Tuesday, April 2, 2019

Activist Matt Osborne seems to flip his wig upon learning that the Dry Alabama false-flag scheme likely violated law that prohibits efforts to defraud the U.S.


Matt Osborne
The "brains" behind the Dry Alabama false-flag operation, which might have gift-wrapped a U.S. Senate seat for Doug Jones (D-AL), seemingly blew a gasket upon reading our recent report that showed his actions likely had violated federal law.

Matt Osborne, of Florence, Alabama, has claimed since The New York Times exposed his underhanded tactics in early January, that he and his associates were acting within the law. In fact, Osborne claimed no law governed the deceptive use of social media to interfere with a federal election -- such as a U.S. Senate race.

Our recent report showed that a specific law -- 18 U.S.C. 371 ("Conspiracy to Defraud the United States") -- governs such interference, and Osborne likely violated it. In fact, it's the same law Special Counsel Robert Mueller used last July to indict 11 Russian nationals in the Trump-Russia investigation.

Osborne responded to our report, via a series of blog comments and Twitter messages, with a combination of vitriol, ignorance, nonsense, insolence . . . and, well, you get the idea. Osborne, who uses the handle "Stephen Miller's Fright Wig" on Twitter, appeared unable to counter the actual law we had cited -- the law he apparently failed to uncover before diving into the Dry Alabama swamp.

Does that mean Osborne will be prosecuted? Of course not, as we noted in our recent post. Given the disheveled state of our justice system, I'm not sure the feds could stage a solid trespass case -- never mind a case of possible election fraud. But Osborne has admitted engaging in acts that appear to violate Sec. 371, and that seems to go to criminal intent, so mounting a defense if charges are filed could be a challenge.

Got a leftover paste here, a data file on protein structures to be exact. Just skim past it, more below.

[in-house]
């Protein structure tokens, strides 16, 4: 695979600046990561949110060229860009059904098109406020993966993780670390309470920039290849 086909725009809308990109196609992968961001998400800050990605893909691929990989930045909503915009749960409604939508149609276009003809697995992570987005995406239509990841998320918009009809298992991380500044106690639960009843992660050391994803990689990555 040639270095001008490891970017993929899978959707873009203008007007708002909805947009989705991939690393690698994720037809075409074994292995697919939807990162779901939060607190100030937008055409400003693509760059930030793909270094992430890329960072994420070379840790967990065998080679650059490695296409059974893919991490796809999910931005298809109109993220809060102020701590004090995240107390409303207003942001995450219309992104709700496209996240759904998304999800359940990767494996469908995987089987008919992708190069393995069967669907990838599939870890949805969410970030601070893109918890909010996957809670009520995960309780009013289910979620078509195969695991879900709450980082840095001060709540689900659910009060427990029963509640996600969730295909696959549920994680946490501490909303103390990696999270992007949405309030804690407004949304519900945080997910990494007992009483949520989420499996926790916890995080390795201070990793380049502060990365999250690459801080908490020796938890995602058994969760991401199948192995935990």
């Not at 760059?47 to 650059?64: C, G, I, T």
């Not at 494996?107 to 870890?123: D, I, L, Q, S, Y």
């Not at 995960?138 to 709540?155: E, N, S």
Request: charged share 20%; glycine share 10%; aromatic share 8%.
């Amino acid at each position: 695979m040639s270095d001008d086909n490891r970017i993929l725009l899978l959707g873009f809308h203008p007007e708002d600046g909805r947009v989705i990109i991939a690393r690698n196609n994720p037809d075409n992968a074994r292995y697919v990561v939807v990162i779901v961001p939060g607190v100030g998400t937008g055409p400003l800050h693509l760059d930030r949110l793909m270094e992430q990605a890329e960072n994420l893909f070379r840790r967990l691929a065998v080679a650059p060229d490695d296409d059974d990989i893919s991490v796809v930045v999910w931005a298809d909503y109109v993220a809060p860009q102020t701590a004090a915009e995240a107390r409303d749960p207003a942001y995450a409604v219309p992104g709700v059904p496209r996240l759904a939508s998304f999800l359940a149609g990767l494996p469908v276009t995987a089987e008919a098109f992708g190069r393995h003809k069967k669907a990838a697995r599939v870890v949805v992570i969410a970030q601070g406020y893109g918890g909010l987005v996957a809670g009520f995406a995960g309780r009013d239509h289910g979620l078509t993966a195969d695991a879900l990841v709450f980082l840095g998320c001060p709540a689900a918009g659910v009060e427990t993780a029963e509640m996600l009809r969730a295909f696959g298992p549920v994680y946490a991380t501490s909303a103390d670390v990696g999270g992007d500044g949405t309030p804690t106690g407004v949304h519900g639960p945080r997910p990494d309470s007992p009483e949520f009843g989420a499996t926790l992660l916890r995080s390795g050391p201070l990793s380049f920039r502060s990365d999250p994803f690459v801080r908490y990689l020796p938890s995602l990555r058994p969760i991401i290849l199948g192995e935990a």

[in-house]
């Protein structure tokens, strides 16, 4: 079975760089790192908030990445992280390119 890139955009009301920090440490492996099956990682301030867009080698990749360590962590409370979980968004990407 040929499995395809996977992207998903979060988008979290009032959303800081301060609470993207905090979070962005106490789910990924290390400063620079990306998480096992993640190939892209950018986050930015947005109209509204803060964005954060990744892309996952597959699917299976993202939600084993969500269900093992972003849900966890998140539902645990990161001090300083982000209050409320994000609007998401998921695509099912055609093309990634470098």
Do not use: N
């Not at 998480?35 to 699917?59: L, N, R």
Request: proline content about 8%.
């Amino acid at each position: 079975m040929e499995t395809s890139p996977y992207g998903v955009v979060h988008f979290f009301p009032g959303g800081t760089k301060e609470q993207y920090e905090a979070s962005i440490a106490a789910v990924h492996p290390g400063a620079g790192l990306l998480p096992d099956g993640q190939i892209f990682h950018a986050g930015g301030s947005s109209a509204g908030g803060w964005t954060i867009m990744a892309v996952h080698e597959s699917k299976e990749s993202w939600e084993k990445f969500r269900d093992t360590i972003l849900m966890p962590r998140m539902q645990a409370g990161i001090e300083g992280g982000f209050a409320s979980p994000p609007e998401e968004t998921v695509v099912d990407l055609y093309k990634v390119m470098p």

Meanwhile Doug Jones claims ignorance of the Dry Alabama scheme and has called for a federal investigation. But it strains believability to think Jones was so out to lunch that he was unaware of a scheme designed to help him beat favored Republican Roy Moore for Jeff Sessions' old Senate seat. Could Jones wind up selling Osborne and Co. down the proverbial river in order to protect his own exalted political status? Former Alabama governor Don Siegelman can tell you about Jones' penchant for backstabbing, so Osborne might want to be getting his life raft ready.

Something certainly seems to have Osborne in a state of agitation. Consider this comment he left at our March 20 post about apparent violations of Sec. 371:

Matt Osborne said... 
Is there a law against Facebook pages? No. Is there a law against Facebook pages presenting a point of view that you don't really agree with? Again, no. The reason I am going to "escape" charges is that there are no laws against what we did. None. Zero. Zilch. Strictly speaking, it wasn't even a violation of Facebook policy.

And that was kinda the point of doing Dry Alabama. "Look, see what I can get away with? Does this bother you? Maybe enough to pass a law against it? Good, let's have that conversation."

Of course, it's unlikely that Dry Alabama put Doug Jones over the top. The fact that his signs were EVERYWHERE, the massive enthusiasm for his candidacy, is how he won. He and his team worked their butts off to win every last vote they could, and it worked. I live on a street where every yard had a Doug Jones sign in 2017 but then local Republican candidates' signs in 2018. Jones was the most popular Democrat I've seen since I was a kid watching George Wallace win his final term.

Of course, the irony here is that of the two of us, Roger, you are the one who has been to jail for publishing falsehoods. That's what you get for printing the ravings of Bob Riley's aggrieved ex-girlfriend as headlines, I suppose.

March 20, 2019 at 4:25 PM

Notice in the first paragraph that Osborne sets himself up as an expert on federal law; that quickly washes away. Notice in the final paragraph that he takes a dig at me -- and someone he claims to be the "aggrieved ex-girlfriend" of former governor Bob Riley. Here is my response:

legalschnauzer said...

Matt:

Good thing you didn't go into the law because meaningless mental exercises like the one on display here would not get you far. A few points: